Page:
Howe plays an acoustic version of “Beginnings” from his first solo album in 1975. He gets into a long story about how Patrick Moraz helped with the original arrangement and a second one they did as a duet that has been buried by the British Film Institute. After “Clap” he does an acoustic reduction of the “I Get Up I Get Down” section of “Close To The Edge” with vocals.
He followed this with “Blinded By Science” from The Grand Scheme of Things (unfortunately omitted) and finally a two minute version of Asia’s “Heat Of The Moment” on which Howe plays electric. This is a really nice sample from the concert and enough to wish the entire show (or any show from the tour) were commercially available.
The second disc begins by focusing upon Jon Anderson. The first part is a slightly muffled but clear audience tape from the December 1st 1980 show at the Royal Albert Hall in London. The complete show is available on Royal Event Eclipse (NK006) but Highland chose to use only the half hour Yes medley from the middle of the show.
Reminiscent of the big medley from the Tormato tours, this is interesting for the addition of a horn section (something never done by Yes) and the playing of “The Prophet” from Time And A Word. It was one of the singles from the second Yes album but never was played live. The complete Sheffield show recorded four days later was released and is still available on Live in Sheffield 1980 which is the bests way of hearing what the show was like with Anderson’s solo material from Olias Of Sunhillow and Song Of Seven.
Next is another curiosity. Two weeks after finishing the Ten True Summers Tour, Wakeman, Anderson and Howe all participated in the Montreux Jazz Festival on July 19th, 1979. The entire sets have been taped, but Highland focus upon the jamming they do together. Rick Wakeman played a set that included generous selections from his best known solo albums.
Highland utilize a good audience recording and begins where Wakeman is introducing Anderson, saying: “It’s a nice surprise. A very good friend of mine. In fact really my best friend. He’s come in from south France where he lives. We’re gonna do a special encore type thing.” Wakeman plays piano and Anderson the harp in an unorganized jam. Nothing really goes anywhere until they play “Leaves Of Green,” Anderson accompanying himself on guitar and Wakeman on piano. “Here’s a song I bearly remember writing, it was so long ago” Anderson says afterwards and they play “Flight Of The Moorglade” from his solo album Olias Of Sunhillow.
Afterwards a second tape is used, a mono radio broadcast complete with DJ giving commentary in French. He shuts up when Wakeman and Anderson jam on electric piano and acoustic guitar and play the “Montreaux Festival Jam.” This is simply the tour song melody they have been using on tour for two years with Anderson singing: “Sunshine – you got it. Moonshine – you got it. Music – you got it. Claude Knobs – you got it. Montreux Jazz Festival is the place to be. Montreux Jazz Festival has got to be the place to be. Sunshine – you got it. Claude Knobs – he got it. Weather Report – they got it.”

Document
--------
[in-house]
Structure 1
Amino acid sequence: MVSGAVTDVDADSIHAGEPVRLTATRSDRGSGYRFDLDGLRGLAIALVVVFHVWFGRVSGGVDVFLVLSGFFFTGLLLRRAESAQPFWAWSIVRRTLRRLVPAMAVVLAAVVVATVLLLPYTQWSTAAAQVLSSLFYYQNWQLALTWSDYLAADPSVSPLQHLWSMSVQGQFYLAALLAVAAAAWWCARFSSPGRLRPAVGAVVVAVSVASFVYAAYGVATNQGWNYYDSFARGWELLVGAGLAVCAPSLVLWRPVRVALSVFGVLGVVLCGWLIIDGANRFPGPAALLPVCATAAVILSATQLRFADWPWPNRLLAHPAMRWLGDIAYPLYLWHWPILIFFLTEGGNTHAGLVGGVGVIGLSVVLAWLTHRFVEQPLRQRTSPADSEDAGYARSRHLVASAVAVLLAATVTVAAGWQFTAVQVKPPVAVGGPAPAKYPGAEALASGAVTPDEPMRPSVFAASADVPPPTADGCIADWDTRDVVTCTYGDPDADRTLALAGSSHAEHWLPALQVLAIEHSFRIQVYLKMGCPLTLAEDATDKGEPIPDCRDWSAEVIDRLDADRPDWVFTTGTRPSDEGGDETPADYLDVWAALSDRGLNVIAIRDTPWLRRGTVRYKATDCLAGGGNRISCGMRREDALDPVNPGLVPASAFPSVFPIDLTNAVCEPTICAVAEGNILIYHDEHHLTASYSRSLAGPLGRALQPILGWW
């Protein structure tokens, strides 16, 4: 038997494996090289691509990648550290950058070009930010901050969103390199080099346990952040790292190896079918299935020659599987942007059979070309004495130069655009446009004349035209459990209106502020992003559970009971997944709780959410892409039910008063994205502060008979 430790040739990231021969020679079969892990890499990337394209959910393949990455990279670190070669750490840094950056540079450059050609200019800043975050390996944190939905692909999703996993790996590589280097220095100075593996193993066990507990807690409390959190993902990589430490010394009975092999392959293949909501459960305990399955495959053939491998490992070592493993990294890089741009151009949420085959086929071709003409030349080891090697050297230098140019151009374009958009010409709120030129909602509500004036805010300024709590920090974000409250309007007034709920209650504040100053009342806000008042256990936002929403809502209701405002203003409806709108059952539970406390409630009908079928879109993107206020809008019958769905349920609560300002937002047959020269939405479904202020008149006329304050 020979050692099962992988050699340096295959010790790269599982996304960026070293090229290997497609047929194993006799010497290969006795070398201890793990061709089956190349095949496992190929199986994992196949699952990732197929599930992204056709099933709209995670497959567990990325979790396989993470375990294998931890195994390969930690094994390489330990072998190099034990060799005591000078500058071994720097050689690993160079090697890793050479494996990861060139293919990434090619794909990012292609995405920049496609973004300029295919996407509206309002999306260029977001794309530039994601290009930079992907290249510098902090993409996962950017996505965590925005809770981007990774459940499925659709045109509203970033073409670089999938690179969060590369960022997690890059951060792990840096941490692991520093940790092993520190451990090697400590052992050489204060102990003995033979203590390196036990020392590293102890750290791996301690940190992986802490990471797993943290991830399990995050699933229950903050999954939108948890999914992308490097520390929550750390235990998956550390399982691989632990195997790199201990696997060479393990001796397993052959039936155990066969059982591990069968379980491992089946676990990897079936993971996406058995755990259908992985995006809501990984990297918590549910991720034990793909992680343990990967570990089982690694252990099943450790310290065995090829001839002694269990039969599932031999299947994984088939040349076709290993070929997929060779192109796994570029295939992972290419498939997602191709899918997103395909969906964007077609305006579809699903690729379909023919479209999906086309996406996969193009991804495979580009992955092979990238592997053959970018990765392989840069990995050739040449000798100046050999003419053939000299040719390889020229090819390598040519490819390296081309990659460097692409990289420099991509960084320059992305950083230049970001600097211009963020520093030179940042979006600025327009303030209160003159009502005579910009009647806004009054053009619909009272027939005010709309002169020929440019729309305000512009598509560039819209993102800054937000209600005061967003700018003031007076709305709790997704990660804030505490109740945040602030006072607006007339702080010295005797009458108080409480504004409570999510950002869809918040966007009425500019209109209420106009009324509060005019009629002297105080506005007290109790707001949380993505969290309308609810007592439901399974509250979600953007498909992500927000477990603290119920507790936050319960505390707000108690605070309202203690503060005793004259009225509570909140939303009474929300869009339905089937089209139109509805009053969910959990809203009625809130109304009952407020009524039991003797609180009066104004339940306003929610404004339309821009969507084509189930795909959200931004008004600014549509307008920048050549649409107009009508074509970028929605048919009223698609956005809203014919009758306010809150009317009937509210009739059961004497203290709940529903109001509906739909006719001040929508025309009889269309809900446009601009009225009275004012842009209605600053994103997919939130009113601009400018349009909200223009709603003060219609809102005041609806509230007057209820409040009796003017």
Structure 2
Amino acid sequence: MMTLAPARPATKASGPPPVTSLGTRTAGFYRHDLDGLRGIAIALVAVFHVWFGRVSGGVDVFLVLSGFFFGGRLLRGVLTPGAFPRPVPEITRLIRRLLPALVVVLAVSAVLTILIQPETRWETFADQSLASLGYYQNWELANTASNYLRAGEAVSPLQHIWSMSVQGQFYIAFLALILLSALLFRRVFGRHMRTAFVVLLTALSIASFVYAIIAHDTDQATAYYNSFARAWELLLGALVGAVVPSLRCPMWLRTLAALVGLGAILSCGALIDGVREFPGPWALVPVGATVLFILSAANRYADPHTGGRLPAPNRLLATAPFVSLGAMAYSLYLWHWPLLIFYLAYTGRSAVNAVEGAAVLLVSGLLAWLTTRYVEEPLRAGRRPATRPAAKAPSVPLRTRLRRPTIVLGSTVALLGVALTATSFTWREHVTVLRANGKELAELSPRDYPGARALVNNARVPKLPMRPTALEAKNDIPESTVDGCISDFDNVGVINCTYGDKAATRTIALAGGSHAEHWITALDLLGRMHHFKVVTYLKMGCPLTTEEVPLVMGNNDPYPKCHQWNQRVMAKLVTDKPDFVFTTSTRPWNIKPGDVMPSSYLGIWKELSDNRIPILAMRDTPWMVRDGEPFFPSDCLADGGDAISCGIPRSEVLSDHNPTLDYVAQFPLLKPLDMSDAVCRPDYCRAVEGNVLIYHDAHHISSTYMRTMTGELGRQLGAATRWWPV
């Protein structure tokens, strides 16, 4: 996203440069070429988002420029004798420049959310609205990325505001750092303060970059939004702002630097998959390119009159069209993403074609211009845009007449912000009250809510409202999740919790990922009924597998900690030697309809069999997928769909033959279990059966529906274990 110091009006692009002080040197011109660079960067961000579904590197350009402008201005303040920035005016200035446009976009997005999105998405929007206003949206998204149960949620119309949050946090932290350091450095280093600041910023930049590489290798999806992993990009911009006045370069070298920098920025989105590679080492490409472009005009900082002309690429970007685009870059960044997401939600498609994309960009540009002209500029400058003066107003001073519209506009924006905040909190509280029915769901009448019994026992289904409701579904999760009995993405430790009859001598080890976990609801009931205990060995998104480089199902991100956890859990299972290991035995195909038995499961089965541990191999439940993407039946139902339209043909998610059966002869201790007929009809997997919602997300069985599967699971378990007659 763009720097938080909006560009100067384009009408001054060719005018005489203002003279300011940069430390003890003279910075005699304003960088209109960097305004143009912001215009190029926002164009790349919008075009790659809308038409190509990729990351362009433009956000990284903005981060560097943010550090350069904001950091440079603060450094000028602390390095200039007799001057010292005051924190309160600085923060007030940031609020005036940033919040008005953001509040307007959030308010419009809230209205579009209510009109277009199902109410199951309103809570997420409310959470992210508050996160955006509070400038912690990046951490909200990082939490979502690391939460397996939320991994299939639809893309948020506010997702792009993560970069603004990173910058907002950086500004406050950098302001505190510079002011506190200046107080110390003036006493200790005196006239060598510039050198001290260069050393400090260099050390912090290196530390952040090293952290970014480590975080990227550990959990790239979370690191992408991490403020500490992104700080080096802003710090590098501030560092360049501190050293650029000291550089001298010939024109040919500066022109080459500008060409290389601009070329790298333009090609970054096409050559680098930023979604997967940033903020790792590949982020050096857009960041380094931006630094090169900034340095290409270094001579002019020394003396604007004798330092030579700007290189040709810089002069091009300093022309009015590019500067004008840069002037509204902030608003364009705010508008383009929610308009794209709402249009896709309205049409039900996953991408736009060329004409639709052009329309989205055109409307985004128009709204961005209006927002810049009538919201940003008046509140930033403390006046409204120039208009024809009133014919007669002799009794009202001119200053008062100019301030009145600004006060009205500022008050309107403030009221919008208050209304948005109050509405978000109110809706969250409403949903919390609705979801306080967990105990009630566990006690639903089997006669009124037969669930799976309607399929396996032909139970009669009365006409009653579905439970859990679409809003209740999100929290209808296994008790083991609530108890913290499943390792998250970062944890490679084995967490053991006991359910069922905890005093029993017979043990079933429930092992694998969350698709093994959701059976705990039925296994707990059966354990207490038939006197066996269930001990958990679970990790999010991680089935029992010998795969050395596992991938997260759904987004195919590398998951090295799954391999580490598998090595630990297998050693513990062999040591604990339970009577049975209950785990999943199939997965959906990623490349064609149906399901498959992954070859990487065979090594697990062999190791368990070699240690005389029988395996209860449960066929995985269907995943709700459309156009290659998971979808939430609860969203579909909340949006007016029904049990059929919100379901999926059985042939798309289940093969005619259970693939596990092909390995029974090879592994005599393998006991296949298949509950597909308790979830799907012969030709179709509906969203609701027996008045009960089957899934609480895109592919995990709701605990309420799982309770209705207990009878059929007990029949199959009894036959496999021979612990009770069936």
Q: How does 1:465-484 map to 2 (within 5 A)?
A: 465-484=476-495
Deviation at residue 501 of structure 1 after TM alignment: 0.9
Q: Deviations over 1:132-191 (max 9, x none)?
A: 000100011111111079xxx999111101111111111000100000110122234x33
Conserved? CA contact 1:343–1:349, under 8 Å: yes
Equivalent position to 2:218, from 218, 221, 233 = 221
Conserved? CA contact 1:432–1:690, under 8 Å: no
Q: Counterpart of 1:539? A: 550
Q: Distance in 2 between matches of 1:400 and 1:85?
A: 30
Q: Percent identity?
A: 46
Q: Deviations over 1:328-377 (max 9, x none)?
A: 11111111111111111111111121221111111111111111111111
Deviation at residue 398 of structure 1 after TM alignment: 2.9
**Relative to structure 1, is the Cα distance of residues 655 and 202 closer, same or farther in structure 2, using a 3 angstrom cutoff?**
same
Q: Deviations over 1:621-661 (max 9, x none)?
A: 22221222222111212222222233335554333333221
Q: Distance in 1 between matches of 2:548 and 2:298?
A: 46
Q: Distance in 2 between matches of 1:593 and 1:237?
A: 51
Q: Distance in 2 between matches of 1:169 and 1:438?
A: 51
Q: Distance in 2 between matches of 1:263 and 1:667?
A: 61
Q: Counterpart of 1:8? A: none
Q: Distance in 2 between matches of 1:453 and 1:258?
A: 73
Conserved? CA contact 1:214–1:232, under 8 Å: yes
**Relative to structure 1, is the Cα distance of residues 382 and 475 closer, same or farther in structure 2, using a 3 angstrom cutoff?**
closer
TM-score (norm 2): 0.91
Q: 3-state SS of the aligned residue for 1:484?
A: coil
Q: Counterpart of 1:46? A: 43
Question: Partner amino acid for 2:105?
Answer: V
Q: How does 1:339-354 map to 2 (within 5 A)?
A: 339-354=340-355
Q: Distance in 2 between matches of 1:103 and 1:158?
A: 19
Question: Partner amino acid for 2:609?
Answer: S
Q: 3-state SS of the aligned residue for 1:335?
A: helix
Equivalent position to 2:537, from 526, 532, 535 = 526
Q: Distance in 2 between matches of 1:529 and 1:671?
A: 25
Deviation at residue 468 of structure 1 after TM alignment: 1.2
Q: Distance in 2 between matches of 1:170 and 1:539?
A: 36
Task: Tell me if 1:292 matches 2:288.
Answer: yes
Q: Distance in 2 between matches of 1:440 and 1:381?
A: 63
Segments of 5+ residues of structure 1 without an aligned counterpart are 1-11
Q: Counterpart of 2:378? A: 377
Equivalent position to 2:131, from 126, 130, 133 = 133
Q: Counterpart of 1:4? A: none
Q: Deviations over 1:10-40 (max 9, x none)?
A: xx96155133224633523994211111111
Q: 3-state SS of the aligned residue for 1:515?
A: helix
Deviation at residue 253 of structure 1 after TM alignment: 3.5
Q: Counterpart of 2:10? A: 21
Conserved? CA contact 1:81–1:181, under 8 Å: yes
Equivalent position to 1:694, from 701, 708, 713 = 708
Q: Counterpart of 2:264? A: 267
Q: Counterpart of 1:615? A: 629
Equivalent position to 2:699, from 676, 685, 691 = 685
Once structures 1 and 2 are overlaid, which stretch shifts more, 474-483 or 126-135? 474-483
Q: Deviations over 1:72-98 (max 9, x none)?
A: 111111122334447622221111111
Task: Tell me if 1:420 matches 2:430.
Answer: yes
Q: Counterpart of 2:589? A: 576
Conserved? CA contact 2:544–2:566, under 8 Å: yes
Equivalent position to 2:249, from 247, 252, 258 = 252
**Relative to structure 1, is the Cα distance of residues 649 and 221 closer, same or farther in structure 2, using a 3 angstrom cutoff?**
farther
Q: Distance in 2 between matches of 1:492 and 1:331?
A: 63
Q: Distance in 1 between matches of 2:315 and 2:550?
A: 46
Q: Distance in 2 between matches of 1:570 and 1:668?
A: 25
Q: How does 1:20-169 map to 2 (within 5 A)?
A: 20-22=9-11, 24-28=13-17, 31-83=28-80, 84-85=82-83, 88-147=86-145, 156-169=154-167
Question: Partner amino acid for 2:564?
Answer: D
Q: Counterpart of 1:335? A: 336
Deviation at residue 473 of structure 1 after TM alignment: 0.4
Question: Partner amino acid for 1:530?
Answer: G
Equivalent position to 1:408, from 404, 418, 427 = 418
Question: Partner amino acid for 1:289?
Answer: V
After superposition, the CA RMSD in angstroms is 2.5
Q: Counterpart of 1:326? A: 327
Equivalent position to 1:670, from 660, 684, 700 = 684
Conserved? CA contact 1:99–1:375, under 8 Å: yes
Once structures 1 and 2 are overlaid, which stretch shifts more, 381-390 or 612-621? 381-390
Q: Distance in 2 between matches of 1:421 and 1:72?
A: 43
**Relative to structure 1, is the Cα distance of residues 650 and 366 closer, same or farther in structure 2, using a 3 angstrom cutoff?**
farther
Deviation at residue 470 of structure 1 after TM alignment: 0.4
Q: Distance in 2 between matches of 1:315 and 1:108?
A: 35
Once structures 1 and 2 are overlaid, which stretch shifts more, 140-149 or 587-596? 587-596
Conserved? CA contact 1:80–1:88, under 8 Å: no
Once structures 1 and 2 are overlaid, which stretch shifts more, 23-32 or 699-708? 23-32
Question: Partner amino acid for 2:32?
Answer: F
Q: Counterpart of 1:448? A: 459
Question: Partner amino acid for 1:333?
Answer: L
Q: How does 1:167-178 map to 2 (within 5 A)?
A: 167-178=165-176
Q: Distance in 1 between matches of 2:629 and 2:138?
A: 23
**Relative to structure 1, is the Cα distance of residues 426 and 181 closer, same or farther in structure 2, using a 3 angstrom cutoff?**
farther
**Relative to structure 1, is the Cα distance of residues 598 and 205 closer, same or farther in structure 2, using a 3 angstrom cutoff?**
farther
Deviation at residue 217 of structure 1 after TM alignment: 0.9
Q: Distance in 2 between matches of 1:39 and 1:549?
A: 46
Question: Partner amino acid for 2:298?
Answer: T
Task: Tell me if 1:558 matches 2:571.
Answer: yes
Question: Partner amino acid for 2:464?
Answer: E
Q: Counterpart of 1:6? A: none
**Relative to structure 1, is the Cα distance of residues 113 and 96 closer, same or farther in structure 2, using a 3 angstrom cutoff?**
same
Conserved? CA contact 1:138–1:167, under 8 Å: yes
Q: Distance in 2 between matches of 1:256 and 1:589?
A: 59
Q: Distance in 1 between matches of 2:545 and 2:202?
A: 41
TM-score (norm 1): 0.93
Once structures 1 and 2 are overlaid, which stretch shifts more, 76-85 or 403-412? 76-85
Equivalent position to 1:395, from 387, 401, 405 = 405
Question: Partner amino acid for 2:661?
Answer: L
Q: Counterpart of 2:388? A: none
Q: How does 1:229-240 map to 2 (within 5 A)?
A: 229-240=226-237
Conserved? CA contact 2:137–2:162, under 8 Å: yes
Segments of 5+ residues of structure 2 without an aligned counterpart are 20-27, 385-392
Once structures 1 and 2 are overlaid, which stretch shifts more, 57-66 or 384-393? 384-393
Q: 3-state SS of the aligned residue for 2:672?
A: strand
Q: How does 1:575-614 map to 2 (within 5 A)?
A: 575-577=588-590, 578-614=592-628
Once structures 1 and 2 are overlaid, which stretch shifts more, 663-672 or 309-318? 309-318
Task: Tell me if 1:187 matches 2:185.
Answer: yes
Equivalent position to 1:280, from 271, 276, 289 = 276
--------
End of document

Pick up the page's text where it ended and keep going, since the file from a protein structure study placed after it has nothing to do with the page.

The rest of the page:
Wakeman introduces his band on and Steve Howe joins in. There is a drum solo and they all get into a funky melody. The entire jam session lasts for fifteen minutes. At the end they left the stage for Howe to play his set featuring his Yes solos and songs from Beginnings and the just released The Steve Howe Album. It exists on tape but Highland chose not to include any of it. It would be great if someday the entire Wakeman and Howe sets were all released.
The final selection is several songs from Jon Anderson’s Mother’s Day concert in San Luis Obispo on May 12th, 1996. This is a very intimate and enjoyable show set in a winery with some of his friends accompanying him including a children’s choir. The entire show has since been released on The Mother’s Day Concert (Opio Media/Voiceprint).
At the beginning of this recording Anderson is talking about the upcoming release Keys To Ascension and how the new music is just as good as anything they did in the seventies. “Time And A Word” includes a reference from “Soon,” and “Owner Of A Lonely Heart” is augmented by the choir. It’s a fun little set. The Voiceprint release of the complete show is recommended above this one. Overall Soloworks is an interesting collection of rarities worth having.If you liked this review, buy me a cup of joe. (Suggested: $3 a shot or $7.5 for a double)Yes - Soloworks (Highland HL323/324),